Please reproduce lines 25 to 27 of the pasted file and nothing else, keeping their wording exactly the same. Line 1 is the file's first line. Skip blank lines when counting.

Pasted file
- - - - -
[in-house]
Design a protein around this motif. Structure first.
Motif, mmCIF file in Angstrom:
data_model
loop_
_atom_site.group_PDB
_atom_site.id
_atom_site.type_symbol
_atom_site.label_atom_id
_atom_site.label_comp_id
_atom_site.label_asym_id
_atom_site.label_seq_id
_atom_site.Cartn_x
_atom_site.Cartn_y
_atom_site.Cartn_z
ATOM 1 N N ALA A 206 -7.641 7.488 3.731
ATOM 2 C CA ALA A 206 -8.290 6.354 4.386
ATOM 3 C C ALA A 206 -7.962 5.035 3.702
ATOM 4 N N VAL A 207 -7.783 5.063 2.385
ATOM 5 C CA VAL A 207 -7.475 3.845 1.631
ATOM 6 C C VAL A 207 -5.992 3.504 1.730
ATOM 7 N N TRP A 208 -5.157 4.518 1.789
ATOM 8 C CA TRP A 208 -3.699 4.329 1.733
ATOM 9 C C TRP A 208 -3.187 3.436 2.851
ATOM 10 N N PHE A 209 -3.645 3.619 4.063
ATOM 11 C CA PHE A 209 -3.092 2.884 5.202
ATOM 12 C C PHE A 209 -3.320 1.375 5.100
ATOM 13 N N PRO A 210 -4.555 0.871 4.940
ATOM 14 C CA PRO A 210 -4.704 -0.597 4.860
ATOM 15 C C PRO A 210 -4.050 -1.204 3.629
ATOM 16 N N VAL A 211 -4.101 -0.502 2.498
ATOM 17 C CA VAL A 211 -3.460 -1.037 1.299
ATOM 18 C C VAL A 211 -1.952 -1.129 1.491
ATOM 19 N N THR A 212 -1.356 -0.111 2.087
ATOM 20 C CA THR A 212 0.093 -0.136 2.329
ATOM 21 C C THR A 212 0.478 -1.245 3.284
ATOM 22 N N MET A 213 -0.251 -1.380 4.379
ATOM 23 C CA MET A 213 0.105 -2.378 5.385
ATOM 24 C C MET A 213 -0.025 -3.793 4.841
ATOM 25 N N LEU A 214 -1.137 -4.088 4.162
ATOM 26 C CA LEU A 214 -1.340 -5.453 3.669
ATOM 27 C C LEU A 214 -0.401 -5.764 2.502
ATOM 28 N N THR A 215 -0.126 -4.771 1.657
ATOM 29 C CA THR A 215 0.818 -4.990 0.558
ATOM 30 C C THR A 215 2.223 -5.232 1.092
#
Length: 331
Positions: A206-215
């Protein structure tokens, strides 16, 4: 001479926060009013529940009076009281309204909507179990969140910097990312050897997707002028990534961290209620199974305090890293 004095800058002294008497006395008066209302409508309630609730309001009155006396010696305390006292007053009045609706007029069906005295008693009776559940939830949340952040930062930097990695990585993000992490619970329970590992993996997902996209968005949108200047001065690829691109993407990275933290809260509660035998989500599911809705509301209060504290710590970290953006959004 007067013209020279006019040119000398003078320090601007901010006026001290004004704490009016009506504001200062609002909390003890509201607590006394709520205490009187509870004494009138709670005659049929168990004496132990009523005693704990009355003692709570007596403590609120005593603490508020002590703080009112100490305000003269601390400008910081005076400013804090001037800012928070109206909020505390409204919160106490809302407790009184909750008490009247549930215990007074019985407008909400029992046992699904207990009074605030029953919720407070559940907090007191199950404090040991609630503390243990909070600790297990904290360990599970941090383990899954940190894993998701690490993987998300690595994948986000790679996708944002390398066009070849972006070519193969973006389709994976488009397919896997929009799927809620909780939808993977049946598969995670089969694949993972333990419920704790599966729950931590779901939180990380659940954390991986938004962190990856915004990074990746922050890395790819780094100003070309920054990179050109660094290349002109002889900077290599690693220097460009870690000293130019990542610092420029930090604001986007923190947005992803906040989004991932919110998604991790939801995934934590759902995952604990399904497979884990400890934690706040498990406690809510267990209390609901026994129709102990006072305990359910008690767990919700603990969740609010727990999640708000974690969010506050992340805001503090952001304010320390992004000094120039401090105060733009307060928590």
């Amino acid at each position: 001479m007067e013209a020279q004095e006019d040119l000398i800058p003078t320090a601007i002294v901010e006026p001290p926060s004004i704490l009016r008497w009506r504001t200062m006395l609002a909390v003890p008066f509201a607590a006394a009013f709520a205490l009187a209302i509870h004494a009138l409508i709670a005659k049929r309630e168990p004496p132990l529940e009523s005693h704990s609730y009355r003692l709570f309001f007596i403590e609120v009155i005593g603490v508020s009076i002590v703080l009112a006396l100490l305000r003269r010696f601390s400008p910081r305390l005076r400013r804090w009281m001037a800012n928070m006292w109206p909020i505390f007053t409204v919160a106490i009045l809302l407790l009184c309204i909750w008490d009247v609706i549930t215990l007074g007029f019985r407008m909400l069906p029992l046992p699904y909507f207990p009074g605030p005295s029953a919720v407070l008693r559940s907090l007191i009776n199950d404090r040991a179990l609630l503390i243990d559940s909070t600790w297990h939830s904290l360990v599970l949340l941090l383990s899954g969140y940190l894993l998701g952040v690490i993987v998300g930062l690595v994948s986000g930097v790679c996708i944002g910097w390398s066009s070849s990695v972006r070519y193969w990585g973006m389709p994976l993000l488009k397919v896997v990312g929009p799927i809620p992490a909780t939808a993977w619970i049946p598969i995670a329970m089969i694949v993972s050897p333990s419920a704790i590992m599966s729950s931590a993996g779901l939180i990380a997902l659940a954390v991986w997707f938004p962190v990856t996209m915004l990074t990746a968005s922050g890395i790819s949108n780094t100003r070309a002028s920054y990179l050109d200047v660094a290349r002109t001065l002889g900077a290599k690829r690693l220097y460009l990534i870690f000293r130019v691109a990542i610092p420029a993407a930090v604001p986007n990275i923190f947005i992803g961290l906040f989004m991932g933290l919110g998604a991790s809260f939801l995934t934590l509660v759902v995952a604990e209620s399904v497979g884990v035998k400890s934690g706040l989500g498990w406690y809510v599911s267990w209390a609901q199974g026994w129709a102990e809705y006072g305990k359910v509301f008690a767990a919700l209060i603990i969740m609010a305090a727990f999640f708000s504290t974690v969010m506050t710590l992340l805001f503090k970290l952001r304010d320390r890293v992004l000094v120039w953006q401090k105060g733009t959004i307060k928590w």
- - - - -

ATOM 10 N N PHE A 209 -3.645 3.619 4.063
ATOM 11 C CA PHE A 209 -3.092 2.884 5.202
ATOM 12 C C PHE A 209 -3.320 1.375 5.100